With support from the Agency for Health Care Policy Research (AHCPR), the Minnesota Clinical Comparison and Assessment Program worked to generate consensus and commitment from providers to increase use of life-saving drugs like beta-blockers (Soumerai, et al., 1998). Using local medical opinion leaders at 20 hospitals, they focused on the evidence, identified barriers to change, and offered feedback of comparative performance. Their efforts yielded a 63-percent increase in the use of beta-blockers.

Using another life-saving treatment for heart attack patients, the Middletown Regional Hospital in Ohio reported decreased mortality rates by reducing the time from hospital admission to the administration of thrombolytic therapy. Mortality rates decreased from 10.9 percent to 6.5 percent in less than 1 year. For their efforts, this hospital received the Joint Commission on Accreditation of Healthcare Organization's 1997 Codman Award, recognizing excellence in the use of outcome measurement to improve quality.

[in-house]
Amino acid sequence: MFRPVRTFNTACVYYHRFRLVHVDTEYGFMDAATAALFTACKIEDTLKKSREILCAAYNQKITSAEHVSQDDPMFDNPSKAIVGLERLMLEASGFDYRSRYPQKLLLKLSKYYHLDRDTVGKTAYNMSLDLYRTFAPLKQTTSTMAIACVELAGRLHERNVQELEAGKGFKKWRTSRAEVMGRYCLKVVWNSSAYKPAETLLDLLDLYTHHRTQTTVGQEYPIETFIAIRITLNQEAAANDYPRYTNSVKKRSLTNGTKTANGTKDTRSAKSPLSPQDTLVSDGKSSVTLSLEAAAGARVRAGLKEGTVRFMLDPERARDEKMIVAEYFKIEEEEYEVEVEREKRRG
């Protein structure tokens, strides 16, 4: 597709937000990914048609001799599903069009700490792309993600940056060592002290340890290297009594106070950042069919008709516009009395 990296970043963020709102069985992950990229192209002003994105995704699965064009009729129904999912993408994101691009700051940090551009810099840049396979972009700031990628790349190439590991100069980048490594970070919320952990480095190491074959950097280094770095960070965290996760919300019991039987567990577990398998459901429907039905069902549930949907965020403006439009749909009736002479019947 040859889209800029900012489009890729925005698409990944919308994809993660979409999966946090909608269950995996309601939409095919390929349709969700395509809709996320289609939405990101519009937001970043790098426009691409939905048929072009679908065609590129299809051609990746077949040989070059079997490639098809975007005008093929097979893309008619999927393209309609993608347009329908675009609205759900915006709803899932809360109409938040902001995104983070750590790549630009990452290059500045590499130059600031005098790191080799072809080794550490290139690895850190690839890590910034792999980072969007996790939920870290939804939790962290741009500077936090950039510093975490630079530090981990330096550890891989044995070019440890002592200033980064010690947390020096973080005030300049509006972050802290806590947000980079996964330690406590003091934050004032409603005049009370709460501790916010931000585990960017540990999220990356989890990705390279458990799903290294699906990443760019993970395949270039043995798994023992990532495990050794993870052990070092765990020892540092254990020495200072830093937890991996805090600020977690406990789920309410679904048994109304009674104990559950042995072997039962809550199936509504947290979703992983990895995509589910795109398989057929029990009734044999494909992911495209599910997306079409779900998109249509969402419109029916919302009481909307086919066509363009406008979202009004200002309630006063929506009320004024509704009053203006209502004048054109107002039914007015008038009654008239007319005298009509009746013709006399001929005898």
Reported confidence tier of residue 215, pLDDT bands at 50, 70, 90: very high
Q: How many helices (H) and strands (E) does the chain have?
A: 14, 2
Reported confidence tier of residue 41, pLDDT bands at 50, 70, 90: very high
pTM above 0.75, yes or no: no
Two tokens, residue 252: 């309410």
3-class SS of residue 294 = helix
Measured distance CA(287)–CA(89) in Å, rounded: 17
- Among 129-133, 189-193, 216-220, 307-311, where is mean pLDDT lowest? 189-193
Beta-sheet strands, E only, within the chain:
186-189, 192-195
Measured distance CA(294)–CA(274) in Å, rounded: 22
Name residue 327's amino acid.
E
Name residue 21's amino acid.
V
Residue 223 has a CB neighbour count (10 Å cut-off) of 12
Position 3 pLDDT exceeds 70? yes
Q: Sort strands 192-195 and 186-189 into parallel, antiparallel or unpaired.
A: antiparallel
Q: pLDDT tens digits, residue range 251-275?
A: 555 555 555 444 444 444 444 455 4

The National Committee for Quality Assurance has begun requiring health plans to submit data on the use of beta blockers after a heart attack as part of its Health Plan Employer Data Information Set, version 3.0 (HEDIS 3.0), which is a standardized set of measures that assesses the performance of managed care organizations. This information assures that purchasers and consumers have comparative information about the use of beta blockers by the health professionals in a particular health plan. In 1998, the Health Care Financing Administration, the Federal agency that administers and oversees the Medicare and Medicaid programs, began requiring health plans participating in Medicare to submit HEDIS data, including information on beta blocker use.

Improving the Quality of Care for Heart Bypass Surgery